Stollsteimer did not return a request for comment on Savage’s claim that Stollsteimer “owed” him. Also unanswered were The Federalist’s questions concerning whether the D.A.’s office has opened any investigation into the evidence seen on the whistleblower’s tapes.


This article is reproduced with permission from The Federalist.

Can the January 6 Investigation Serve Congress as an Institution?

Estimated Reading Time: 6 minutes

Traditionally it has never been questioned, either in doctrine or practice, that the legislature possesses the power, as it was put in early years, ‘to inquire into the honesty and efficiency of the executive branch.’ Under the American system it is this that is the heart of the investigatory power. … [I]f it lost the power to investigate the executive, Congress would retain only the name of legislature.

So wrote James Burnham in his great reflection on America’s constitutional system, Congress and the American Tradition. The National Review editor was aghast at the multiplying claims of executive privilege of his era, the late 1950s, and he hoped that conservatives might rally against them. When he wrote, he took it for granted that conservatives were generally defenders of the legislature’s constitutional prerogatives and standing, and liberals were generally its detractors. He conceded that these orientations might change in some future political environment then unforeseeable to him.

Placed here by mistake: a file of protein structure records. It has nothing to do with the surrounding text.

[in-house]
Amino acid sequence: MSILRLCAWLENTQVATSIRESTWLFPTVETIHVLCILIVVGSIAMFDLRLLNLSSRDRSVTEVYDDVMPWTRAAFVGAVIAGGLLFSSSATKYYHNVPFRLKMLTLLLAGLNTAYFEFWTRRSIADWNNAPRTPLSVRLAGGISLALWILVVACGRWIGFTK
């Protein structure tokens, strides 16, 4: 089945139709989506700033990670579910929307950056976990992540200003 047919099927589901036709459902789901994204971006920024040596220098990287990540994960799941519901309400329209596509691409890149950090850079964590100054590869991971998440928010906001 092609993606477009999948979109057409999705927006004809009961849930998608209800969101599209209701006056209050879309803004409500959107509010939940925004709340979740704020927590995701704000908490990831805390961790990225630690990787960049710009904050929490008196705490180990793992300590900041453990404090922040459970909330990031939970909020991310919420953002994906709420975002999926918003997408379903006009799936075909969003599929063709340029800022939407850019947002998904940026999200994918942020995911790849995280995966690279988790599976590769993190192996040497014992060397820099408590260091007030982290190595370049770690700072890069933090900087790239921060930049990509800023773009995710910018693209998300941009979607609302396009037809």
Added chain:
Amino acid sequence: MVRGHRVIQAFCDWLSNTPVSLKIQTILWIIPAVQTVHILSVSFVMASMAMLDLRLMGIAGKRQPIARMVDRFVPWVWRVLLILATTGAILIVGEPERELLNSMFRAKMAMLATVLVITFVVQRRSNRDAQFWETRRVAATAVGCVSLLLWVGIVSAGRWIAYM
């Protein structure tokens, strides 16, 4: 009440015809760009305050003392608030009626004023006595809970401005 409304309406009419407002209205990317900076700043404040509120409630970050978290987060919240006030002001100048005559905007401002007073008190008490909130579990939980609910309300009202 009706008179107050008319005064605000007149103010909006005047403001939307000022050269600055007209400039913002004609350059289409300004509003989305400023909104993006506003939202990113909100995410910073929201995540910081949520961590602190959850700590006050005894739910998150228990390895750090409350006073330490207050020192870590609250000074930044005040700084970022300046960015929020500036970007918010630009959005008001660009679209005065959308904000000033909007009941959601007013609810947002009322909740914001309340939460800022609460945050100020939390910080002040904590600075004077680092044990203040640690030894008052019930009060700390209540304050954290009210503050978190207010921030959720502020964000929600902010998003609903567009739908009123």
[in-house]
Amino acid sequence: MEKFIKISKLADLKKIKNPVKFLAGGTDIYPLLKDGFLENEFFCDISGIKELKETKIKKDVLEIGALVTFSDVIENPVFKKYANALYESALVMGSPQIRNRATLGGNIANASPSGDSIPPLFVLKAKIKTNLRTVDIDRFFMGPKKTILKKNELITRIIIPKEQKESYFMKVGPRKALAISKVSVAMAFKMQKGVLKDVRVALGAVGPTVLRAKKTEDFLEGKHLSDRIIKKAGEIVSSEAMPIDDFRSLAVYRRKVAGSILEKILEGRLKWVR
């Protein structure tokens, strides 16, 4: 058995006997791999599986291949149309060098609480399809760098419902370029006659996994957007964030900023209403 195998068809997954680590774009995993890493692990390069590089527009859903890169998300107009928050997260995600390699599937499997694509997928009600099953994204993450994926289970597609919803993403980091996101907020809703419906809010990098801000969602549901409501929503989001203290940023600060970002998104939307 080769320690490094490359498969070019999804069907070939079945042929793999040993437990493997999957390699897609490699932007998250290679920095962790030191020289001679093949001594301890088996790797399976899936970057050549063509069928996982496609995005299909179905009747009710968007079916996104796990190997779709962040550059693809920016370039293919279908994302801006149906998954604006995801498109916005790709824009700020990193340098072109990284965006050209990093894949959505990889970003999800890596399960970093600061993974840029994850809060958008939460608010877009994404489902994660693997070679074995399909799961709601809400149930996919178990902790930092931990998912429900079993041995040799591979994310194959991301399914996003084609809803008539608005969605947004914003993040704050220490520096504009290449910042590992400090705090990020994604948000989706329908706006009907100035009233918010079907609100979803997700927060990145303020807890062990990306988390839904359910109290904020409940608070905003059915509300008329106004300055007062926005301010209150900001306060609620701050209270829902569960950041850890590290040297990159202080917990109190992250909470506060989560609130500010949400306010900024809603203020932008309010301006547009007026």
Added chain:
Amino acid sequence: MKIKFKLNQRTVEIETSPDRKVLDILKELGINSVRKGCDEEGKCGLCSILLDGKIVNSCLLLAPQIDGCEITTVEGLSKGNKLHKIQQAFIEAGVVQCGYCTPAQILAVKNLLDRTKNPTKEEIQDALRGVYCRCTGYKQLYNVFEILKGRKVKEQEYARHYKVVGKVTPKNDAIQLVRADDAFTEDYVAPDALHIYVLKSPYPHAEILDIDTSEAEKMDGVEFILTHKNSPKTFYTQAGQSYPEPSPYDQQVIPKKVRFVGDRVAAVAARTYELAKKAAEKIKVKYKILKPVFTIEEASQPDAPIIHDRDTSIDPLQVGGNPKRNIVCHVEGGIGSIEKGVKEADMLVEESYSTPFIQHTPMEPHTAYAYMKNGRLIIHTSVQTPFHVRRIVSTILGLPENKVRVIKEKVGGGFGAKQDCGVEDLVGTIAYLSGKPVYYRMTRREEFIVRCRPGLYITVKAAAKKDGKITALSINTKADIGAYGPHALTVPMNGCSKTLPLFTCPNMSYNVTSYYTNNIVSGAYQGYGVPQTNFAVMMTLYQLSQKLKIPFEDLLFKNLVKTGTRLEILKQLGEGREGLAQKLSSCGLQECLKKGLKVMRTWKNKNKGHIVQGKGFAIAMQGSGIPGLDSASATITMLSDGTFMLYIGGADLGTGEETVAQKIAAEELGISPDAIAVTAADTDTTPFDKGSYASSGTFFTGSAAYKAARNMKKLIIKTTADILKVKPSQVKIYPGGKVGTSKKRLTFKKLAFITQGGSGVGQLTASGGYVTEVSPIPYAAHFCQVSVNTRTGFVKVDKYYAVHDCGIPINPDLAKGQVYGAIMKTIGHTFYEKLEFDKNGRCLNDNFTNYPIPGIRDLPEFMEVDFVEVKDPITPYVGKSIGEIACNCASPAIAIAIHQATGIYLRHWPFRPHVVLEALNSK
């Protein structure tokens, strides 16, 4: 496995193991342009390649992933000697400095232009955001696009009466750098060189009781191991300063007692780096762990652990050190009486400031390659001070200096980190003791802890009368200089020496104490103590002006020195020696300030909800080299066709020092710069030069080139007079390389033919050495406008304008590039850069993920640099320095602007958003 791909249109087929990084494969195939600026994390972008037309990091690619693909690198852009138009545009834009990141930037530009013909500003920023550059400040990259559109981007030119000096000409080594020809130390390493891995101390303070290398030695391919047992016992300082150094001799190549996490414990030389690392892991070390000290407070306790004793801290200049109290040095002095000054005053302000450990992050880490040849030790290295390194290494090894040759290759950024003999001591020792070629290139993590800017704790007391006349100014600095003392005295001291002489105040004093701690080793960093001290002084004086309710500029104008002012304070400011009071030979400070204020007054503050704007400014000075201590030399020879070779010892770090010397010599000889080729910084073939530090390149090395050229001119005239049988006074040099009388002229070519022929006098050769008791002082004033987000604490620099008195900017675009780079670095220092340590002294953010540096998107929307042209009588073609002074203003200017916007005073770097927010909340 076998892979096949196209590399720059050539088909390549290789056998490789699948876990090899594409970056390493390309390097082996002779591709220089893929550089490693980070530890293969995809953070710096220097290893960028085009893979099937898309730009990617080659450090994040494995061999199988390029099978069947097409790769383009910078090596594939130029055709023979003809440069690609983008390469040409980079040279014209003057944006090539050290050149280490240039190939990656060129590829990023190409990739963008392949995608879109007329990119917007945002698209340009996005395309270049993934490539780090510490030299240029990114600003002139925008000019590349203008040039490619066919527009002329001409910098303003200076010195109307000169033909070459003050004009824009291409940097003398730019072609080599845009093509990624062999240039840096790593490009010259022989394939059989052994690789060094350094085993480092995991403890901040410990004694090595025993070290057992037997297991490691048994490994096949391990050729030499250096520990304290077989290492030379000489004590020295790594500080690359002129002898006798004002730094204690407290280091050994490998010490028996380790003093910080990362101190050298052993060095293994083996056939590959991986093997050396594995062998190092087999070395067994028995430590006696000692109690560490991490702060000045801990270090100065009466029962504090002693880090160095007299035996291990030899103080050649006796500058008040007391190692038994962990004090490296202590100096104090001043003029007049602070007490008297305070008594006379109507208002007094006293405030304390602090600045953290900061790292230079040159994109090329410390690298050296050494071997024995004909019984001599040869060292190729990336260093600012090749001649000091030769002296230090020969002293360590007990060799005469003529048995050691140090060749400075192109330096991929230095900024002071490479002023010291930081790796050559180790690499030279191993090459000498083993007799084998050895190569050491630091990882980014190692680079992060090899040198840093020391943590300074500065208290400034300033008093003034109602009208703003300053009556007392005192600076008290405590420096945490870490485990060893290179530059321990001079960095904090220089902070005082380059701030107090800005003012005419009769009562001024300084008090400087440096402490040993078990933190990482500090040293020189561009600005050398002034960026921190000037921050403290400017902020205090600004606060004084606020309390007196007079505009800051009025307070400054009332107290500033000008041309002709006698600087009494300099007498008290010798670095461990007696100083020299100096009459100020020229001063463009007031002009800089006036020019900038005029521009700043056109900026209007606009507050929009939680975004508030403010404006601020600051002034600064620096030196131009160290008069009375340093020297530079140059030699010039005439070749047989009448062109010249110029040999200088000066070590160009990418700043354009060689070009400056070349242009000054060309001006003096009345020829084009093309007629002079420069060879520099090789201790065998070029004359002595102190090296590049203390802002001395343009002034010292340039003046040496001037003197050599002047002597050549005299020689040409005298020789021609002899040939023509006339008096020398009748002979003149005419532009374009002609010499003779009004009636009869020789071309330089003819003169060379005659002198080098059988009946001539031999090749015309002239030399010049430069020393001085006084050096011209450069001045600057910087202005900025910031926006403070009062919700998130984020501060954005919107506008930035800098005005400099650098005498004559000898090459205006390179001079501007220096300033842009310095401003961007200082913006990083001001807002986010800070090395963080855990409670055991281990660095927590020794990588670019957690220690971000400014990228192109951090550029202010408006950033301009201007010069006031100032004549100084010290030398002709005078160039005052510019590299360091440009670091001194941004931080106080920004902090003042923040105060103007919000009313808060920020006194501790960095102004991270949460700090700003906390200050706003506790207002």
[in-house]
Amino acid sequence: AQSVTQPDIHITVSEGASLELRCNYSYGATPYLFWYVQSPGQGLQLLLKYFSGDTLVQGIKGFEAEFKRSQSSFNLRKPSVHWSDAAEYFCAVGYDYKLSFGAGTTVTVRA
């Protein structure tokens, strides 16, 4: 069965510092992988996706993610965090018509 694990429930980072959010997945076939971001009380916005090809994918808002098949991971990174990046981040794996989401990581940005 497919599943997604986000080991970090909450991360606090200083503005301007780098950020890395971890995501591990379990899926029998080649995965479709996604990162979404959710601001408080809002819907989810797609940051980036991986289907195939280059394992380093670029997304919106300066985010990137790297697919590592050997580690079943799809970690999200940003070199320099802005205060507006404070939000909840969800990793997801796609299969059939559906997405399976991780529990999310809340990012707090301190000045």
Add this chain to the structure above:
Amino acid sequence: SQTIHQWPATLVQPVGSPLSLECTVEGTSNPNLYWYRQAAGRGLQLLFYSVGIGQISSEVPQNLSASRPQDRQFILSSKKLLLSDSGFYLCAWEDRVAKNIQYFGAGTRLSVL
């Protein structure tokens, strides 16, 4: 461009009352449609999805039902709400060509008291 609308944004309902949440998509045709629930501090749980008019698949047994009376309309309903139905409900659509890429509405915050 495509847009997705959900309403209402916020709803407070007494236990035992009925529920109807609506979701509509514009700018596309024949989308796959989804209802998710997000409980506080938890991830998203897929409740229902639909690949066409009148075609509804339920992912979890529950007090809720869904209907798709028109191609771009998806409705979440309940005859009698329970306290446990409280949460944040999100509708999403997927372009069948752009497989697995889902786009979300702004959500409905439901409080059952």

As it has turned out, ideologues of all stripes have generally forsaken Congress in favor of the executive branch in the years since Burnham wrote. With even greater consistency, both political parties have taken stands on behalf of broadening and deepening executive privilege.

Should those of us who think like Burnham circa 1959, then, look kindly upon the current efforts of the House Select Committee to Investigate the January 6th Attack on the U.S. Capitol? Recently, this committee (comprising seven Democrats and two anti-Trump Republicans) has been on the warpath against promiscuous claims of executive privilege. And it finds itself in the remarkable position of having the president and Department of Justice on its side, such that those members of the previous administration who defy its wishes now find themselves at serious risk of criminal prosecution. One such individual, Steve Bannon, who completely refused to cooperate with the committee, is already under indictment and will stand trial for contempt in July. Congress has a chance to demonstrate its Constitutional might and strike fear into the hearts of those who would defy its will to find the truth.